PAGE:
The X-Files

Season 9 Episode 3


Aired Monday 9:00 PM Dec 02, 2001 on FOX
out of 10
User Rating
203 votes

By Users

Episode Summary

Doggett and Reyes investigate the murder of a couple in West Virginia that has all the signs of a satanic ritual killing. They link the murder to a doctor incarcerated in a mental institute and Doggett becomes convinced that the doctor is orchestrating the crimes from within the hospital.moreless

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  • Daemonicus

    Daemonicus was a perfect episode of The X-Files. I really enjoyed watching because the story was intriguing and full of suspense and mystery as to what was really happening. I liked how Doggett and Reyes worked together with some help from Scully. I loved watching Scully in her teaching role because it seemed like a natural course of action for her. Guest Star James Remar and James Rekart were awesome! Some of the scenes had really captivating cinematography and visual effects which really added to the feel of the episode. The scenes with the dark clouds rolling in the skies reminded me of Hercules the Legendary Journeys when Iolaus is possessed by Dayhawk. I liked how the story played out in true X-File fashion, with an open ending. I look forward to watching what happens in the next episode!!!!!!!!!moreless
  • Please Release Me

    This is the first MOTW episode of Season Nine and the first in which Reyes takes an active role as a co-investigator with Doggett. Veteran Frank Spotnitz takes a second shot at writing/directing and the result is a creepier episode that has a decidedly different feel than previous X-Files.

    Reyes looks yummy in her tight-fitting leather jacket and black pants, although she doesn't seem to do much other than constantly yap about the satanic overtones of the case. Doggett is strangely relaxed at the beginning of the episode, even going so far as to gently rib Reyes about her initial feelings that some great evil is present. It's oddly offputting, especially given the high-tension, testosterone-fueled Doggett we were left with at the end of the previous episode. Scully is now teaching at the local FBI academy and off the X-Files, which can't be good. I'm not digging her new sexed-up look and I hate her new hairstyle. I threw up a little inside when she started lecturing the college kids about "extreme possibilities."

    Anyway, the storyline is a cross between the films "Seven" and "The Exorcist" and an earlier episode from Season Three, "The Walk," which featured the astral-traveling quadraplegic marine. The sole redeeming features of this episode are the production and special effects, which are quite different from previous episodes and a welcome breath of fresh air. At times, the use of special effects becomes a bit heavy-handed and over the top, but this is probably a good thing given the utter blandness of the Doggett and Reyes show.moreless
  • This is impressively the worst written episode in the history of the X-Files. Monica throws around ridiculous theories without dirtying her hands with actual investigation, leaving Doggett to solve the case by himself with… gasp… actual police work.moreless

    There have been many substandard episodes over season 8 and the first two of season 9 were impressively unimaginative, but this episode takes the cake. The story is a jumble of nonsense which the writers attempt to weave into some sort of pattern of evil but is completely and reasonably explained by Doggett at the end. Monica, unable to admit they were fooled, still insists that this was evil and that Doggett felt it. Oh please.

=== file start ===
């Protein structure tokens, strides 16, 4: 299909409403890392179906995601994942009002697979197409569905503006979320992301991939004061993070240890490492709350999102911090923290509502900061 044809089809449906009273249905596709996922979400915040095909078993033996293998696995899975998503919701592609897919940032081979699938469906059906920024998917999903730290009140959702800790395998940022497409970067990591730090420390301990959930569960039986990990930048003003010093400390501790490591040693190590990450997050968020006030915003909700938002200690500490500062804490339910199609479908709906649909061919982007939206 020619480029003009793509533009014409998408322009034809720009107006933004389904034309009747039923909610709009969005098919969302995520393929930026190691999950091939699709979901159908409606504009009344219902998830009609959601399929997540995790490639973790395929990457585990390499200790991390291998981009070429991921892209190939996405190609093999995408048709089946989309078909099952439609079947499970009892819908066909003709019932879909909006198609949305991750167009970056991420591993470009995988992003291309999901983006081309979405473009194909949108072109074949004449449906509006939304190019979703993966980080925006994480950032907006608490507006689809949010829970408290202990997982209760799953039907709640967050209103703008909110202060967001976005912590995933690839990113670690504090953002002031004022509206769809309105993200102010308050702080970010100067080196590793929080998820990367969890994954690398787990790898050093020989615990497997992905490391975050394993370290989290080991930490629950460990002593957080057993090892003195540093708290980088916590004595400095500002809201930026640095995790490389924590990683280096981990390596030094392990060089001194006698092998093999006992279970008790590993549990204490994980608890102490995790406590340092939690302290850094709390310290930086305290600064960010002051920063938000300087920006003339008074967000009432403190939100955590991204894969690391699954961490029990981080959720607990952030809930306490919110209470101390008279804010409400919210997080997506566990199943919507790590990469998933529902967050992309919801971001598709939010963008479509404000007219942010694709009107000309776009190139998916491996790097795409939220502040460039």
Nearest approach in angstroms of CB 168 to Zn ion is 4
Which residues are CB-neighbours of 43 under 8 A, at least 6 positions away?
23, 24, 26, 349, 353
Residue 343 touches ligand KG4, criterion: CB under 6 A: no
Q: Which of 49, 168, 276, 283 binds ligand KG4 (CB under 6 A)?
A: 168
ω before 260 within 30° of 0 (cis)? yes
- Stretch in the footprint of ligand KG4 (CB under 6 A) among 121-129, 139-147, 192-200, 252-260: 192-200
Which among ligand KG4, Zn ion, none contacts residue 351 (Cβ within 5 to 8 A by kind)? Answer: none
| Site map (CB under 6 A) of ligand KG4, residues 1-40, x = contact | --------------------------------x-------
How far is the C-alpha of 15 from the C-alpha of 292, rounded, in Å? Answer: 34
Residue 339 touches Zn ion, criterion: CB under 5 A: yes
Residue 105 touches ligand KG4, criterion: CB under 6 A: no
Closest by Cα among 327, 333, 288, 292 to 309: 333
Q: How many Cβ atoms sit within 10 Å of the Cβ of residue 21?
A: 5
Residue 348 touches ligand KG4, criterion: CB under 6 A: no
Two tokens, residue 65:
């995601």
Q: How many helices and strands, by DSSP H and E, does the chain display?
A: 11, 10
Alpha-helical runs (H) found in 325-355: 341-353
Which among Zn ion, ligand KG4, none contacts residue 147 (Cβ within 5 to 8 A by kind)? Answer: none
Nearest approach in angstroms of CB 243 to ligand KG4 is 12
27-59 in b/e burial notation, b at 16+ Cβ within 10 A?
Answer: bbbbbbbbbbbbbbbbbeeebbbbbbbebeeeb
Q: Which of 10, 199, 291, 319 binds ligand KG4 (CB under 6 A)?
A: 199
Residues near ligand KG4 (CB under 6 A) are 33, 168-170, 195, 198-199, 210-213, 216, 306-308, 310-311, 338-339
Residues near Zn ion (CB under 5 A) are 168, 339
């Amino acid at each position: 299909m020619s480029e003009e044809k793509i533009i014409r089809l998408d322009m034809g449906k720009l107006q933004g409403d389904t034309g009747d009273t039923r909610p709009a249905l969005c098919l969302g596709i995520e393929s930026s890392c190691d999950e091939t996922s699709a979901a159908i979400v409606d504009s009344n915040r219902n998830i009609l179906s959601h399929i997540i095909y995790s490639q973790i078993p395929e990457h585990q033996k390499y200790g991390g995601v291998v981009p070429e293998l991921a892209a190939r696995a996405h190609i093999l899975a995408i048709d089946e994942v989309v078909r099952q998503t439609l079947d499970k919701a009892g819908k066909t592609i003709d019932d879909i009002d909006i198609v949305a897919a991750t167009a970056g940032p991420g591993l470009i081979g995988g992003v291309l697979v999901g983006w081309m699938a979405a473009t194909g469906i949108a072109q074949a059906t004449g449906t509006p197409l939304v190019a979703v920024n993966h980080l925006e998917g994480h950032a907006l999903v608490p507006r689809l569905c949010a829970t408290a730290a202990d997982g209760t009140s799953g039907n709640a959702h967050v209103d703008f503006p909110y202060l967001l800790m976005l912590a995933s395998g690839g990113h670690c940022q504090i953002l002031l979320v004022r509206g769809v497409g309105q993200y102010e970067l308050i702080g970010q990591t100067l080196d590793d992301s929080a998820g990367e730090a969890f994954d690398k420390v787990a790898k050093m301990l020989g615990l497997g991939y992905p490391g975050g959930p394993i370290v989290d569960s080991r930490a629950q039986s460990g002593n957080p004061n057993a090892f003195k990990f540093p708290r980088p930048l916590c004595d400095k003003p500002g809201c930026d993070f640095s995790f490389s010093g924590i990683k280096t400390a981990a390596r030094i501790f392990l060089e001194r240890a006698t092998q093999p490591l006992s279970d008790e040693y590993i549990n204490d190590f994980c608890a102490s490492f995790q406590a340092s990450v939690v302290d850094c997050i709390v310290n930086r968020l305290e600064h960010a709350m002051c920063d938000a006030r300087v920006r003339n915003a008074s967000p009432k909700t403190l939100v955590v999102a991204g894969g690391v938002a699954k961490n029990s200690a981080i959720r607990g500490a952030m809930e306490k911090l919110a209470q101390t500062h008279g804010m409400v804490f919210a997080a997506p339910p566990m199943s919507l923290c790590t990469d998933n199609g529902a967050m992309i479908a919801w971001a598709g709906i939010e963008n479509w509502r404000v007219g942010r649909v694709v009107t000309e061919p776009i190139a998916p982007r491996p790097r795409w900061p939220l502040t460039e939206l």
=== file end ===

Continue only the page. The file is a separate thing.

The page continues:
There's no actual content to the story itself - no attempt is made to explain the demonic appearing creatures who committed the murders which is the only really X-Files-y thing about the case. One of them was even *killed* and nothing is even said about what it was! And don't get me started on the ludicrous 'demonic possession' or whatever that rubbish was supposed to be. Had the creatures been addressed somehow, perhaps Monica's hysterical claims would have been less outlandish, but they are completely ignored and the episode is expected to stand on Monica's astonishing lack of actual investigation and completely unsubstantiated claims. Instead Monica and Scully berate Doggett who is the only person who bothered to actually work the case and look (and find) evidence of what actually happened.

    Monica's character improved by the end of season 8 but this episode has destroyed what little credibility she had gained with me. I am pleased to see that Scully has managed to regain some of her scientific skepticism, but she then ruins it by siding with Monica. Scully used to be an investigator, who needed evidence *before* jumping to conclusions, boy do I miss her.

    The only thing that made this episode even worth finishing was the comments about Doggett's feelings for Scully, something that has been blatant and until now, unaddressed.

    The strength of the series was that no matter how insane the case actually was, the case was approached rationally and logically, evidence gathered and assessed, and that would lead to the truth and often more importantly, a way to stop whatever it was. The series usually stayed within the realms of extreme possibility, even if clinging to reality by only a thread, and that made you willing to suspend belief. From late season 8, that has all gone out the window. The idea that the X-Files could ever justify being kept open based on cases 'investigated' like this is laughable in itself.

    This was an hour of my life I want back.moreless
  • Typical X-files episode.

    After the episode Calusari I hoped that Chris Carter would return to the theme of satanic possesion. And he didn't dissappoint me. Daemonicus is scary and a bit funny contraption. Althought it could be more. There were some situations where I thought, oh my God, what the hell was that? Like the poking scene or that Kobold had informations about Mulder from the internet. I felt like CC had a leak in his script and he wanted to hide it just with a blanket. Except these few situations, while watching Daemonicus I was scared, laughing, shocked and melting. (The last one for seeing Scully :-) )moreless